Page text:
Marissa McGowan co-stars as Kelp’s dream girl, Stella Purdy. In describing her interpretation of the role, she says, “Stella is a very progressive young woman for 1962. It’s an absolute joy to play such a well-rounded character. Because it’s a musical, we get to know Stella a little bit better and what she dreams of and what she wants. It’s just thrilling to me to get to create this character. She’s very ambitious and she sees things in a different way than I think a lot of young women in 1962 did.”
Lewis also felt compelled to gush on the actress, “The fact that she’s got more talent than any 30 women I’ve ever seen in my life has a great deal to do with her being so prominent in the show. The wonderful part about being a director is that you can cut something just by saying, ‘cut it.’ And with that young lady, I’m looking to find more material for her. She walks on that stage and illuminates it before the lights go on. I have that feeling about every single human being that’s in this show. They are the most supportive, most eager, most energetic and most talent-ridden people I have ever come in contact with in my life.”
Incredibly, esteemed composer Marvin Hamlisch, winner of three Oscars, four Grammys, four Emmys, a Tony and three Golden Globe awards, who wrote the music and Rupert Holmes, who has also won numerous Tony’s and other awards for his various works, penned the book and lyrics, are also both in town. Together they wrote 19 songs for the musical. Holmes approached transforming this classic film to the musical stage with enthusiasm, “When you write a musical, you have this incredible opportunity that you’re not allowed really in any other format. You have a chance to allow the audience to hear the inner voice of all your characters. It’s something we get to do in a musical that Jerry didn’t actually have the opportunity to do in a movie. You can’t suddenly have the person turn to you and sort of reveal to you, even though they don’t know you’re there, how they feel.”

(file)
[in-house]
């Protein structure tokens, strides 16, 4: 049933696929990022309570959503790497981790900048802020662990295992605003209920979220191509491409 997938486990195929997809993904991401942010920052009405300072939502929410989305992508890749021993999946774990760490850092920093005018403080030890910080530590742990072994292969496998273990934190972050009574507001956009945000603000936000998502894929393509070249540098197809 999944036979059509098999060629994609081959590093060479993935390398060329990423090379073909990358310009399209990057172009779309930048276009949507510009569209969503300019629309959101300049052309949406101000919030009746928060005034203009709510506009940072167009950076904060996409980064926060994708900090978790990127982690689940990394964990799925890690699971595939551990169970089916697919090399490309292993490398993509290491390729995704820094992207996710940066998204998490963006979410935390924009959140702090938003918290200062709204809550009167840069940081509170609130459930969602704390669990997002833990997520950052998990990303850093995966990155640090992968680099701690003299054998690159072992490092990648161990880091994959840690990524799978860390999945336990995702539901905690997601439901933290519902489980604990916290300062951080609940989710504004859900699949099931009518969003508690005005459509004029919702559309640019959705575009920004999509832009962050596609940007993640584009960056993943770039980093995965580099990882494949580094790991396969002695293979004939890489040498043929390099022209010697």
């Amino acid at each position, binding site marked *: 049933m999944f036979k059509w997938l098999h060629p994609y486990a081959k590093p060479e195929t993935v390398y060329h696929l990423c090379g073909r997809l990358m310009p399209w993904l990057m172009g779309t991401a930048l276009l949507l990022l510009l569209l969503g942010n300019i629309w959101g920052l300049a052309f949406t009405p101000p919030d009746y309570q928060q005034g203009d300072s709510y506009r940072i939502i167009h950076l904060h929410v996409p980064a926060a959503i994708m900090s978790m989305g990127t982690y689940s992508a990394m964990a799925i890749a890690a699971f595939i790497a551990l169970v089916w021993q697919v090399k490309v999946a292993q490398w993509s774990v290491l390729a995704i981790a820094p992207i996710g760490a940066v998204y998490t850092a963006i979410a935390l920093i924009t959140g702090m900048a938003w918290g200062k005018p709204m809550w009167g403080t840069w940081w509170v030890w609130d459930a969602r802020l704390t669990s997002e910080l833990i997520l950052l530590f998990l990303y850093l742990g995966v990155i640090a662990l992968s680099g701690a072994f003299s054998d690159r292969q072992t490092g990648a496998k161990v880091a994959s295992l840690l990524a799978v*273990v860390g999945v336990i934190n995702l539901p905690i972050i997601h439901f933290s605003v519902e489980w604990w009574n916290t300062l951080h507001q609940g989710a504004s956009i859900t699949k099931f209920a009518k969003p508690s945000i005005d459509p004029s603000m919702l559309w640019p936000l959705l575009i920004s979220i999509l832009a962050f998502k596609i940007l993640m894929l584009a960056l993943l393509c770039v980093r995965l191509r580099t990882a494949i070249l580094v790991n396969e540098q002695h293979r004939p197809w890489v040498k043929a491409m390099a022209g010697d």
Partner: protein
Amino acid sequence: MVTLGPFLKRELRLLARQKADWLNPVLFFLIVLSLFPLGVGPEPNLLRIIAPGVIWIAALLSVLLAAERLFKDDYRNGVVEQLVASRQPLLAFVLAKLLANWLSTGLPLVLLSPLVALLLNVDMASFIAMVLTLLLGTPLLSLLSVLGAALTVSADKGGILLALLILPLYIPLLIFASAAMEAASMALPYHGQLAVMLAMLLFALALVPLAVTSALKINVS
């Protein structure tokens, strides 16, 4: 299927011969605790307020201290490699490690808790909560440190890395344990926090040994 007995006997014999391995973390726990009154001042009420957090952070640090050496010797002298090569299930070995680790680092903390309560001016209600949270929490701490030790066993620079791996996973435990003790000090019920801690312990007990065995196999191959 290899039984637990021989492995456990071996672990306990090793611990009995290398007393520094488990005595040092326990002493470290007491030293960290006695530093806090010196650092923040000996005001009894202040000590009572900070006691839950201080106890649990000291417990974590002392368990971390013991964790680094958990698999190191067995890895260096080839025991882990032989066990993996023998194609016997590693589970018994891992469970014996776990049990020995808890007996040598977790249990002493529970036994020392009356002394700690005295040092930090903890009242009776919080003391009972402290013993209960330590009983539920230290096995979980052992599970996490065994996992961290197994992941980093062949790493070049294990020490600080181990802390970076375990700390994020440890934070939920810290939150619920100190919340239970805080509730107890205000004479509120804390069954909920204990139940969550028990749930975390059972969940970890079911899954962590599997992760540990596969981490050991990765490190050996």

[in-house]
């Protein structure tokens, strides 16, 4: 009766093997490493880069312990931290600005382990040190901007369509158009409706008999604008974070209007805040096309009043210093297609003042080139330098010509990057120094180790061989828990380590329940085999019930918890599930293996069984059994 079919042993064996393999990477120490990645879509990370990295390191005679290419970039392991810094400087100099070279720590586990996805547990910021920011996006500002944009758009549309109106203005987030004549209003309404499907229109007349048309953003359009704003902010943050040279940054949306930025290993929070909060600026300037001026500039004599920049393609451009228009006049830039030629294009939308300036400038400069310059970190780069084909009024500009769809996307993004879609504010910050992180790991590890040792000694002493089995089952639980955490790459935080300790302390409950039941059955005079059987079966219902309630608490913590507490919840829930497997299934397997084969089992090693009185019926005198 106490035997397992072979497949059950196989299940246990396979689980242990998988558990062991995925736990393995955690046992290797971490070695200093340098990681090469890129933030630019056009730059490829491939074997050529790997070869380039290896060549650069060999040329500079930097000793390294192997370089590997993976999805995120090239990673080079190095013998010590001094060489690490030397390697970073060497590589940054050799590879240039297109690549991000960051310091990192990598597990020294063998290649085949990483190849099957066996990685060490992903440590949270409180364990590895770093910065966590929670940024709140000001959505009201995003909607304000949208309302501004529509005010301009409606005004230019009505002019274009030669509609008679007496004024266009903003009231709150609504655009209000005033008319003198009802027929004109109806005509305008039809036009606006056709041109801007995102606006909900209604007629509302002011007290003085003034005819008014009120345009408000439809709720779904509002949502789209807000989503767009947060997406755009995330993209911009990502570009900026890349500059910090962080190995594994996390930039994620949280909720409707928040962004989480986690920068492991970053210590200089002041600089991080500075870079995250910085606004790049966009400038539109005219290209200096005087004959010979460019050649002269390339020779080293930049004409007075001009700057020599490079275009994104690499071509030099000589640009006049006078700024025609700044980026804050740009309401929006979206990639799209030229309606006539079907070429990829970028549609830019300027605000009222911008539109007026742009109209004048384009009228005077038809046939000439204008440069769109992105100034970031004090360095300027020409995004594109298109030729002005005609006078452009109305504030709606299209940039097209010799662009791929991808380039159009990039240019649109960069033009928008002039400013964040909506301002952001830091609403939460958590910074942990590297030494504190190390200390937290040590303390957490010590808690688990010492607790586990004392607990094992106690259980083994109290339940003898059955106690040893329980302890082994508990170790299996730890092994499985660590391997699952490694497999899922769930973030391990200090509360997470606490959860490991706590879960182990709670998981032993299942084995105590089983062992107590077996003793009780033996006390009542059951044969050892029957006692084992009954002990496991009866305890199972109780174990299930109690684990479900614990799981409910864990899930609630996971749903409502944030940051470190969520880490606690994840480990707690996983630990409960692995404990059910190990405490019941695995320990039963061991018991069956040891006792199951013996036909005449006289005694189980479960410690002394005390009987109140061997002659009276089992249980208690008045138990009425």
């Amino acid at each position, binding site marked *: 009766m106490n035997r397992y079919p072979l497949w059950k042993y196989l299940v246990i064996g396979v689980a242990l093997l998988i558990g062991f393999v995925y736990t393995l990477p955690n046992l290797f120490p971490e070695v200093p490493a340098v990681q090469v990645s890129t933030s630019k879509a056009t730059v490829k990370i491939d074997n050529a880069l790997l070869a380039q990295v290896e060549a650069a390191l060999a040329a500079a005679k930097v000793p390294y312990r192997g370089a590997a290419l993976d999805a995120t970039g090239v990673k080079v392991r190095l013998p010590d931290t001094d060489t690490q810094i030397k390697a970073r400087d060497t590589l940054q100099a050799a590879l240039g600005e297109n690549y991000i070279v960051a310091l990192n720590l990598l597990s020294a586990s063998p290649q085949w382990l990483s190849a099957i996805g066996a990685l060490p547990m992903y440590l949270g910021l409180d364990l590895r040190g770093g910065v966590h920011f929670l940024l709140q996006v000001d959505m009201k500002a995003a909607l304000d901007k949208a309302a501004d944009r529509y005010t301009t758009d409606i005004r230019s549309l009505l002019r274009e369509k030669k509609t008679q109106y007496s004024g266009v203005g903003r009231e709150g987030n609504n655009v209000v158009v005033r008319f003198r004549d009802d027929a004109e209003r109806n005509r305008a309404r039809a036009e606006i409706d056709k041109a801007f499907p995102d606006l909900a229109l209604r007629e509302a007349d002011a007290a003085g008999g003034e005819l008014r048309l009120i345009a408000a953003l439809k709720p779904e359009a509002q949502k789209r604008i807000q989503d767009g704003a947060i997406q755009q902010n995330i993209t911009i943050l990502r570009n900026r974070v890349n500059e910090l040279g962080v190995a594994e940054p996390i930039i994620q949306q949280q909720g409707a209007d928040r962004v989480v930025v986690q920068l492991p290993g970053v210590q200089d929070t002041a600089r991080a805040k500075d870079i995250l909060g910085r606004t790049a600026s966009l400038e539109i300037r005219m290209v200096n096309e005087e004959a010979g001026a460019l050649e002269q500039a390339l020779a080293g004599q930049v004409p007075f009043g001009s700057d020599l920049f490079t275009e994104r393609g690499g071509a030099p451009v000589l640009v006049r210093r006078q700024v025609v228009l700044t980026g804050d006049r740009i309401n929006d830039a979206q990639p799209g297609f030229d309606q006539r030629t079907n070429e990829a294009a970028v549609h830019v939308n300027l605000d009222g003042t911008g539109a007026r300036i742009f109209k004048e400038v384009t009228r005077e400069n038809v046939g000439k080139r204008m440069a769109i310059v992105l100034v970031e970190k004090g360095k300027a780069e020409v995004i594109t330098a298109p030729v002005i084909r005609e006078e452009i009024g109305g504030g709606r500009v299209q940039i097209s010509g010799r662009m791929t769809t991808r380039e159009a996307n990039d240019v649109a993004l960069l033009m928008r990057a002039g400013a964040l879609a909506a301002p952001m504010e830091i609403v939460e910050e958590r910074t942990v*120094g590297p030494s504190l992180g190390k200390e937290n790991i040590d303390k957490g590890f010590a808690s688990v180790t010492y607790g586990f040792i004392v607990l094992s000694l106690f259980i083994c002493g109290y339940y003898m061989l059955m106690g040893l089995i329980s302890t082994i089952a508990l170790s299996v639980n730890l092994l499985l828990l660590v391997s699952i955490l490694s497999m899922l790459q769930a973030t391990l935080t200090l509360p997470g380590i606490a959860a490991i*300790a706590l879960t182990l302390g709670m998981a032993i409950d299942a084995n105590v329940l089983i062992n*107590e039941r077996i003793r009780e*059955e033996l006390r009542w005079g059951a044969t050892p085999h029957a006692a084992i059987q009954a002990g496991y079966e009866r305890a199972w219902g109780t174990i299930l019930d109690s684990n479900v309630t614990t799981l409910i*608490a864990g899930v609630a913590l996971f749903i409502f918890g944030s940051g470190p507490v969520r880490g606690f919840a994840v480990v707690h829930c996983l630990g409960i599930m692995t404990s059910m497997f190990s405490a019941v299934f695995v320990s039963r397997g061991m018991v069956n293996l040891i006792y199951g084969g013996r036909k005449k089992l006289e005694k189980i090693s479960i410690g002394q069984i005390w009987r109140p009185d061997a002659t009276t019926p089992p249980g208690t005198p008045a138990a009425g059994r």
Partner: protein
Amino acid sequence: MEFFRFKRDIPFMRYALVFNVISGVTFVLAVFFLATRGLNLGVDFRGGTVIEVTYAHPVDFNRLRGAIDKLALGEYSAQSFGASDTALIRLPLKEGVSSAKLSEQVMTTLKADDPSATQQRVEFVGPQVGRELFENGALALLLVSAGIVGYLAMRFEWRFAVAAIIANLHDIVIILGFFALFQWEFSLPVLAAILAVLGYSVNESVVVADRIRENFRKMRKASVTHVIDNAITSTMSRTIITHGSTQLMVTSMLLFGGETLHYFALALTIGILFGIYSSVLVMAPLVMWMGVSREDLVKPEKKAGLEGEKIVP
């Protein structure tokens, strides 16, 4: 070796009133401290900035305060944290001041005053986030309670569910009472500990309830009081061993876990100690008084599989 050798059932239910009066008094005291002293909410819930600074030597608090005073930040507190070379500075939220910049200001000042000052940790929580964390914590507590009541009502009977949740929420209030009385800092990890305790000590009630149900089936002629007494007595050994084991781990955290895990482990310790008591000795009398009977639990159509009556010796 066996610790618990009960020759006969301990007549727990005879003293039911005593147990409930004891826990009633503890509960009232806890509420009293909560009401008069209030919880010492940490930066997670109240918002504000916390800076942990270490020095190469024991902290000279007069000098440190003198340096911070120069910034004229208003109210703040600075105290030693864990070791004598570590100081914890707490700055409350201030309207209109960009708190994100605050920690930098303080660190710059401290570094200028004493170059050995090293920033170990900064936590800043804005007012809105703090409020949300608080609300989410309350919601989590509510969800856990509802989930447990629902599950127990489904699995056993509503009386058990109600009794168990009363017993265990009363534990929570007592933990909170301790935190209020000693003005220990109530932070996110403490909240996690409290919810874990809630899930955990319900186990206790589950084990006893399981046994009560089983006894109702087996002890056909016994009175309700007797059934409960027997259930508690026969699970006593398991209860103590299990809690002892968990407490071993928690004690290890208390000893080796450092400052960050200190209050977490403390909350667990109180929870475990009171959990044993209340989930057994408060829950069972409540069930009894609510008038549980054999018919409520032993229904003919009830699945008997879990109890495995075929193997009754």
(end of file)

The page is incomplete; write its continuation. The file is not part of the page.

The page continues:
I would say that it is within what you think of as a traditional Broadway show. We have a couple of rock elements because this is the ‘60s so The Ventures are at the top of the charts. On the other side, with Buddy Love, beautifully voiced by Michael, you’ve got the coolest cat, swing-band sound. Its Dean Martin, its Frank Sinatra, its Count Basie music.”
So why Nashville, you must be wondering? “Nobody else would take us.” Lewis replied, laughing at his own joke. “You want the truth or… Yes, Nashville happens to be a hot bed of theatre. What I mean by that is, you’re going to an audience who is accustomed to going to see performances. And they have seen it all. Plus the fact is we need that kind of information to make all the tweaks of the show we are working on here, ready to present to a ticket buying public.”
He concludes, “The very sound of Nashville is theatrical and it’s a good place to be. That’s the best answer I can give you. If we lost the theatre, we’d be in Newark.”
“The Nutty Professor” Musical opens Tuesday, July 31st and runs through August 19th at the James K. Polk Theatre in Nashville, TN. Tickets start at $40 and are available at tpac.org, by calling (615) 782-4040, or visiting the TPAC Box Office at 505 Deaderick Street in Nashville. For group tickets, call the TPAC Group Sales Office at (615) 782-4060. For more information, visit http://www.tpac.org/ and http://nuttyprofessormusical.com.